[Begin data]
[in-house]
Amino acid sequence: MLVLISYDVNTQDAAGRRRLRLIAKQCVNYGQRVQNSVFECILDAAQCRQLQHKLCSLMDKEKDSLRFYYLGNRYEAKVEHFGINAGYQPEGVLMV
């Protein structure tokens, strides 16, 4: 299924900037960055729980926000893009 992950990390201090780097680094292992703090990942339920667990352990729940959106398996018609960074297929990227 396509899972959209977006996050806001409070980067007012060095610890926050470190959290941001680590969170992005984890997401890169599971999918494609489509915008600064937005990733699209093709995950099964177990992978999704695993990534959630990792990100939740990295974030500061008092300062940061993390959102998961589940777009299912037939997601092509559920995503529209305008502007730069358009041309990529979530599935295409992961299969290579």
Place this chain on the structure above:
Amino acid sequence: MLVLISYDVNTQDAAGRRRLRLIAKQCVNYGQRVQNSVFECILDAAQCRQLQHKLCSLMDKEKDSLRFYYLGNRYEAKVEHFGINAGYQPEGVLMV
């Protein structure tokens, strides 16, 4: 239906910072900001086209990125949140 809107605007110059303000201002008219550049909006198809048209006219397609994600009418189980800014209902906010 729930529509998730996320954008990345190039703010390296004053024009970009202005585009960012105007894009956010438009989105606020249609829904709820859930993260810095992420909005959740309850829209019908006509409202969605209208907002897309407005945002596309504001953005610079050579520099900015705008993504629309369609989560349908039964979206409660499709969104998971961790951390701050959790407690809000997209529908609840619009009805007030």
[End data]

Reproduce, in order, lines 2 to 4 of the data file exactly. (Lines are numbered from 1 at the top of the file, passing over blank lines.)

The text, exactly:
Amino acid sequence: MLVLISYDVNTQDAAGRRRLRLIAKQCVNYGQRVQNSVFECILDAAQCRQLQHKLCSLMDKEKDSLRFYYLGNRYEAKVEHFGINAGYQPEGVLMV
């Protein structure tokens, strides 16, 4: 299924900037960055729980926000893009 992950990390201090780097680094292992703090990942339920667990352990729940959106398996018609960074297929990227 396509899972959209977006996050806001409070980067007012060095610890926050470190959290941001680590969170992005984890997401890169599971999918494609489509915008600064937005990733699209093709995950099964177990992978999704695993990534959630990792990100939740990295974030500061008092300062940061993390959102998961589940777009299912037939997601092509559920995503529209305008502007730069358009041309990529979530599935295409992961299969290579």
Place this chain on the structure above: